More OEF Draper Trails

OEF is the abbreviation for Oklahoma Earthbike Fellowship. Actually this is not my scene. Today on the OEF Draper Trails I stopped a couple of times to commune with the forest. Don’t get me wrong; it’s a great workout and something I should do once in awhile. However, the forest pointed out that this kind of trail riding isn’t really my calling. It’s too intense for too much of the ride and I can’t easily hear the Spirit of the Lord speaking from those secret places.

Today I decided to visit the red loop. It’s only a mile long and runs back and forth on the only north-facing slope in the OEF park. That means it has a slightly different terrain and crosses this one large gully repeatedly, as seen in this picture. I shot this looking upslope from the fourth and lowest crossing.

There was also a couple of smaller gullies like this one on the left. I had to dismount a couple of times on the big one because the approach was too rough to hit it fast. This little one wasn’t so bad. All in all it was fun one time, but I’m not likely to visit the red loop again, even if I do come back — say, next month.

Here’s another glance at part of the black loop. You can see beyond the board wall a couple of hop jumps. I’m told there are a few riders who really love this stuff, but they complain it’s not very well constructed. I really have no idea what kind of criteria and expertise it takes to make these trails pass muster with the national organization to which OEF belongs, but it’s just not my scene. Too many parts of this trail park are just that kind of elitist stuff. It’s not a good place for someone who’s aging, injured and arthritic, not to mention pretty heavy.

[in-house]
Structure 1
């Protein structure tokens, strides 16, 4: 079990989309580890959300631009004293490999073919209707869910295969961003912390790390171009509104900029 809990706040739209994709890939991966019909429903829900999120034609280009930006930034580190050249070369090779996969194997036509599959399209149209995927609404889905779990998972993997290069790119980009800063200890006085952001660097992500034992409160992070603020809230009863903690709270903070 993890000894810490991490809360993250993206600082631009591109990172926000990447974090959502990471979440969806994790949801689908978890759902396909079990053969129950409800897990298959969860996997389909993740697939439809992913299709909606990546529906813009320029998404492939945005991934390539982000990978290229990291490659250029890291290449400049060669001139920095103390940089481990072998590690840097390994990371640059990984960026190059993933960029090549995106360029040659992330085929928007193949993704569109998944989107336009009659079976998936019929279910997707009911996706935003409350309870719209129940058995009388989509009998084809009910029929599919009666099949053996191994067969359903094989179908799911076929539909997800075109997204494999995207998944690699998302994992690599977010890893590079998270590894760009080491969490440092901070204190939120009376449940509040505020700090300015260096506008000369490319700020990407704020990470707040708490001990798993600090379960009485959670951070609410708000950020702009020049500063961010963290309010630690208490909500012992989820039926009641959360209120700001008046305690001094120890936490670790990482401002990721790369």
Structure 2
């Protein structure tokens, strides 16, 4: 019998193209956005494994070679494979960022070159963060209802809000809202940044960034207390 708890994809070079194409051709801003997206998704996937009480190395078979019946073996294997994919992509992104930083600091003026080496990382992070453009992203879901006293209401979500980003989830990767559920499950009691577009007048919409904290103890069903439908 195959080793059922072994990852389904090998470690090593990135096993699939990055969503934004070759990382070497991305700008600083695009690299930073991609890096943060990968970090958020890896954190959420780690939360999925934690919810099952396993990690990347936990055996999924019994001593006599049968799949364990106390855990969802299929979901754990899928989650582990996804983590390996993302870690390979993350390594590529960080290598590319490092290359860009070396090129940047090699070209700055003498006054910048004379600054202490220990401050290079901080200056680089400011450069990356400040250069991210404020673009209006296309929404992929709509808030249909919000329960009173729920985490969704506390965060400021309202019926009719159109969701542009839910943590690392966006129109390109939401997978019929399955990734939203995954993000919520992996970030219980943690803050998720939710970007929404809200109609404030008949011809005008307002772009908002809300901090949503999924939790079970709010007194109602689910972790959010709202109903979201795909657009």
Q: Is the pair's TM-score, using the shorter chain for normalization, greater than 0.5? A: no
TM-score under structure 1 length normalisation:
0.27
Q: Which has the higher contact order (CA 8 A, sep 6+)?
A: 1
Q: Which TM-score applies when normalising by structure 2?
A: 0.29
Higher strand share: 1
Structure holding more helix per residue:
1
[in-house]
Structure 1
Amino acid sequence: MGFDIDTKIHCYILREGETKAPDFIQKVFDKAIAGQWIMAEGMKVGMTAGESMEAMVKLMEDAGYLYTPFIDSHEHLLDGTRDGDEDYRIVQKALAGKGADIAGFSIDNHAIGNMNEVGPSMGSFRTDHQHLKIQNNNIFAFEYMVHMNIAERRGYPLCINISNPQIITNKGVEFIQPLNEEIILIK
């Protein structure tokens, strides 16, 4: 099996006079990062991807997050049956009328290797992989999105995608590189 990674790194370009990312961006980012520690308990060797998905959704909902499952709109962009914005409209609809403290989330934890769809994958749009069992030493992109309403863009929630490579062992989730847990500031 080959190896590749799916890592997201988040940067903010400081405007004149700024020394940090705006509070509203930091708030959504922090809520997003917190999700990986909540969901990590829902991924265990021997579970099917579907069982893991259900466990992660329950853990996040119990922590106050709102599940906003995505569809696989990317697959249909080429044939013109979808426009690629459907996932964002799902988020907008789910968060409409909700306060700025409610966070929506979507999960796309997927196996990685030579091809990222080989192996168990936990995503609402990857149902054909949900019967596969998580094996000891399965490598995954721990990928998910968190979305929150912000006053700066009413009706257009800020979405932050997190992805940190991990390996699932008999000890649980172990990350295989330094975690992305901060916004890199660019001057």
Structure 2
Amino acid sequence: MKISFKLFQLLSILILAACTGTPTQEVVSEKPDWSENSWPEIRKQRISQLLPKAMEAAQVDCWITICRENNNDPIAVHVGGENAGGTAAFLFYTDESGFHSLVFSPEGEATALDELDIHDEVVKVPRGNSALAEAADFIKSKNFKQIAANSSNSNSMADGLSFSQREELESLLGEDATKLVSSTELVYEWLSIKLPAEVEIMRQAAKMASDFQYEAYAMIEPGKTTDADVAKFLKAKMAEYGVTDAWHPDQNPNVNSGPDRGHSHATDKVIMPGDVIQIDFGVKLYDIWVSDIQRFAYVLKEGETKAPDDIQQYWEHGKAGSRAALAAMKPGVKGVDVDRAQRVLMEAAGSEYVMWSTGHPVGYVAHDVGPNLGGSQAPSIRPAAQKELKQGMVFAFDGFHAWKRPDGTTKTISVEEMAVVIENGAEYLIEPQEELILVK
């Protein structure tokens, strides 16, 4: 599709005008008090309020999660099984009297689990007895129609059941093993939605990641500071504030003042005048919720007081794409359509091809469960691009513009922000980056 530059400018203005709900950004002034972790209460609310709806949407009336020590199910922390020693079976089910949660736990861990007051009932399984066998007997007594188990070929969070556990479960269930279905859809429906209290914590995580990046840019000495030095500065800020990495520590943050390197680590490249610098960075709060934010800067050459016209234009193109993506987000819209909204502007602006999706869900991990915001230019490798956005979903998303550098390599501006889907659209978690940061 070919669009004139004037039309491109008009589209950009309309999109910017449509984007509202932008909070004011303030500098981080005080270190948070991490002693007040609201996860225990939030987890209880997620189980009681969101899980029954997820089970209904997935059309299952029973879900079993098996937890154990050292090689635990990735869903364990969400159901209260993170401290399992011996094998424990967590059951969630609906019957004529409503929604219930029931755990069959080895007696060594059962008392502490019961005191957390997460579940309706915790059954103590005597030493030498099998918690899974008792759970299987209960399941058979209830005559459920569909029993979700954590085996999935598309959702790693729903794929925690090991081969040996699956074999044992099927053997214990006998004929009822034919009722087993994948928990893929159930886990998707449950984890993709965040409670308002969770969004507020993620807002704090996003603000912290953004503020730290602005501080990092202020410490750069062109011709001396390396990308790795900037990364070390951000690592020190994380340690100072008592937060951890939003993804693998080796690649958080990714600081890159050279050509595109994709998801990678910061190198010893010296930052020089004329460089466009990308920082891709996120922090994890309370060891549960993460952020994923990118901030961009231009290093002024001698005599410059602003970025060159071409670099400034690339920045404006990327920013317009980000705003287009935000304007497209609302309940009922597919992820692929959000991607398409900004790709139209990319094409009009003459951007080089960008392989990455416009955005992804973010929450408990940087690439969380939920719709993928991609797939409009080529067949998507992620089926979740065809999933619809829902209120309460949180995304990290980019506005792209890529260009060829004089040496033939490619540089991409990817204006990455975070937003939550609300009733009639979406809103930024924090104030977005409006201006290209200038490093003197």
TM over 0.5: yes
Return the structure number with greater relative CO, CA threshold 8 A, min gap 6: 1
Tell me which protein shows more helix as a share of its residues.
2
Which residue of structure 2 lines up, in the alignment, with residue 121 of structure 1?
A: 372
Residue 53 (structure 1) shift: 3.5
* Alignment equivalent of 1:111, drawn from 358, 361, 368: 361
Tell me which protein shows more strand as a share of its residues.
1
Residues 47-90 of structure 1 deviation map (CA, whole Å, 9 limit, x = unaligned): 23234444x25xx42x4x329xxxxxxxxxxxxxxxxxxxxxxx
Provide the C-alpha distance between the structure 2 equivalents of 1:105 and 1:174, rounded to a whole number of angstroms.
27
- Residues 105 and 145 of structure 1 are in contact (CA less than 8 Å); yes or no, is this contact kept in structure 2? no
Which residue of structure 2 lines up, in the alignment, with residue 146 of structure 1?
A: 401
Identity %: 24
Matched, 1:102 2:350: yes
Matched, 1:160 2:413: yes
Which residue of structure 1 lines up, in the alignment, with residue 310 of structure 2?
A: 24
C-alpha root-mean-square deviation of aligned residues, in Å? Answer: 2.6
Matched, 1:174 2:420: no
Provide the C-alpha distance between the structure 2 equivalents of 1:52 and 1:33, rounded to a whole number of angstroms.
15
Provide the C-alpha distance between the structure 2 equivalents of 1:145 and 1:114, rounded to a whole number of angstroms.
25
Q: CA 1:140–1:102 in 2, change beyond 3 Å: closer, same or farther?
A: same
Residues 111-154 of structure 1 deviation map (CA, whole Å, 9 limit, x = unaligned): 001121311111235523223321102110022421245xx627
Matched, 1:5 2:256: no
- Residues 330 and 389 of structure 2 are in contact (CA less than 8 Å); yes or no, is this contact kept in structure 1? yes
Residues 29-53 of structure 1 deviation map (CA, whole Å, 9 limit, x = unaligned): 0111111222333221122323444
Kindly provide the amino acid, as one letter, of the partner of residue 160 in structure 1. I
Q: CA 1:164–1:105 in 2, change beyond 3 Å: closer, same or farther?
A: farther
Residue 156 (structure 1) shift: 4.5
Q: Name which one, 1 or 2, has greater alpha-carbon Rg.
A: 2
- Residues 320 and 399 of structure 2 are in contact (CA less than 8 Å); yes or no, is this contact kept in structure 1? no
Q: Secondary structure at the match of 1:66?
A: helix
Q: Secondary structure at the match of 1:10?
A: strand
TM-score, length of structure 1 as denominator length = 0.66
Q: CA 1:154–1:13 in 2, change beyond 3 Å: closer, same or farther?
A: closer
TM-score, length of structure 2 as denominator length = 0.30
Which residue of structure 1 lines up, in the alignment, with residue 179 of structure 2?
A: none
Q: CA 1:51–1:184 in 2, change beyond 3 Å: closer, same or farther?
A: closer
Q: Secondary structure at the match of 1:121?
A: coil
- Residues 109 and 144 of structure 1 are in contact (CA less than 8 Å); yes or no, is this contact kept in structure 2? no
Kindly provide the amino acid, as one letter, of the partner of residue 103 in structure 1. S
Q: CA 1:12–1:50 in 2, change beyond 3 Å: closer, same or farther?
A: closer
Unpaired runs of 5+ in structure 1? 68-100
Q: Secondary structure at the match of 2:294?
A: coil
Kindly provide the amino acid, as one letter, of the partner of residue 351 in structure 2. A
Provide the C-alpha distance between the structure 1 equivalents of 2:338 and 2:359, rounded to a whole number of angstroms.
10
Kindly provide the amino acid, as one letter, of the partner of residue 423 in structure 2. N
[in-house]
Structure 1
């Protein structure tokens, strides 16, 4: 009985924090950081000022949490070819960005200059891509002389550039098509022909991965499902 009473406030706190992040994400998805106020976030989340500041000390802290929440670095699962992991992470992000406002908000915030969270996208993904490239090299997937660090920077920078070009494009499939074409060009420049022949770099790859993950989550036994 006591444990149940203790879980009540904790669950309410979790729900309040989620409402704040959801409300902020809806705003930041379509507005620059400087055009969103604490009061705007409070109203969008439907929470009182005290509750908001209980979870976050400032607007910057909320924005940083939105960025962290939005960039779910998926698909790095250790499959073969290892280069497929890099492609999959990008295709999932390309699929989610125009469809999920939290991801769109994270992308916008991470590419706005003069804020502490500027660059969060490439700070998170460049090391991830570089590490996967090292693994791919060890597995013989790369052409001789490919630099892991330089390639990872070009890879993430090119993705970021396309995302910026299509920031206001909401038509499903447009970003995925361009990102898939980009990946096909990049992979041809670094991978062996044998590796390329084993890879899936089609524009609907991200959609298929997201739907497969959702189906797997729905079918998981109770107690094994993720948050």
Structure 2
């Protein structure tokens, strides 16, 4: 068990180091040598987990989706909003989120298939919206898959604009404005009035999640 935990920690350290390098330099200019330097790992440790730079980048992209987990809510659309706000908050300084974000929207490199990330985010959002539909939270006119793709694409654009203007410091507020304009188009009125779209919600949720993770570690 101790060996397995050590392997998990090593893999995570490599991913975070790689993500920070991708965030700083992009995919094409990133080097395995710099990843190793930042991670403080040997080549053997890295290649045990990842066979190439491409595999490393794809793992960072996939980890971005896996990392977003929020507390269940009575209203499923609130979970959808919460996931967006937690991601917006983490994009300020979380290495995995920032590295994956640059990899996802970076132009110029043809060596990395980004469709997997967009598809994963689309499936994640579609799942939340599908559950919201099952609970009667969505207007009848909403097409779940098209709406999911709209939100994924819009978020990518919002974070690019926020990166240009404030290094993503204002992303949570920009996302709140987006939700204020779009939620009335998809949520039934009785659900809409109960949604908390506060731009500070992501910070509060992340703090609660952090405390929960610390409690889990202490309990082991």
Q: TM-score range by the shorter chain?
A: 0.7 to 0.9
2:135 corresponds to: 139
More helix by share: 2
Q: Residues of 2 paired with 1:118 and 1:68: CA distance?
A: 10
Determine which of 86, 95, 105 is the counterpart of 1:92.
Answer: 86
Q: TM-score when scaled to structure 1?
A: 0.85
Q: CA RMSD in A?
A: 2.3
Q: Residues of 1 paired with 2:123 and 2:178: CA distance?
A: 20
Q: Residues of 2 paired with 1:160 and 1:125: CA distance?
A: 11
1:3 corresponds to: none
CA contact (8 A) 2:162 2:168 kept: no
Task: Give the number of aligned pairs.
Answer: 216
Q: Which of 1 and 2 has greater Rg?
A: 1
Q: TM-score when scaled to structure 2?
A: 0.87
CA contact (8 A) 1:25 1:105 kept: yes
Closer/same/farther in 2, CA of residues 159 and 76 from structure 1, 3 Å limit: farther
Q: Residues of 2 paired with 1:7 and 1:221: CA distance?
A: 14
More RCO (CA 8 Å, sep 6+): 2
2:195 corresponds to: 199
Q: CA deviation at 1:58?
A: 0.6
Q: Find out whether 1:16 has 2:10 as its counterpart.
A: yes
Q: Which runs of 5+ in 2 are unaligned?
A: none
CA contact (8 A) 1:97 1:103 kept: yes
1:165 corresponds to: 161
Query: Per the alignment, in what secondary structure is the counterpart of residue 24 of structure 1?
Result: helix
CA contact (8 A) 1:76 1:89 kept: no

I think I’ll come back out to Draper Lake after the frosts hit again, and ride the wild trails along the shore. That way I can stop when I hear the Spirit calling from those secret places.

About Ed Hurst

Disabled Veteran, prophet of God's Laws, Bible History teacher, wannabe writer, volunteer computer technician, cyclist, Social Science researcher
This entry was posted in cycling and tagged , , , . Bookmark the permalink.

Leave a Reply

Fill in your details below or click an icon to log in:

WordPress.com Logo

You are commenting using your WordPress.com account. Log Out / Change )

Twitter picture

You are commenting using your Twitter account. Log Out / Change )

Facebook photo

You are commenting using your Facebook account. Log Out / Change )

Google+ photo

You are commenting using your Google+ account. Log Out / Change )

Connecting to %s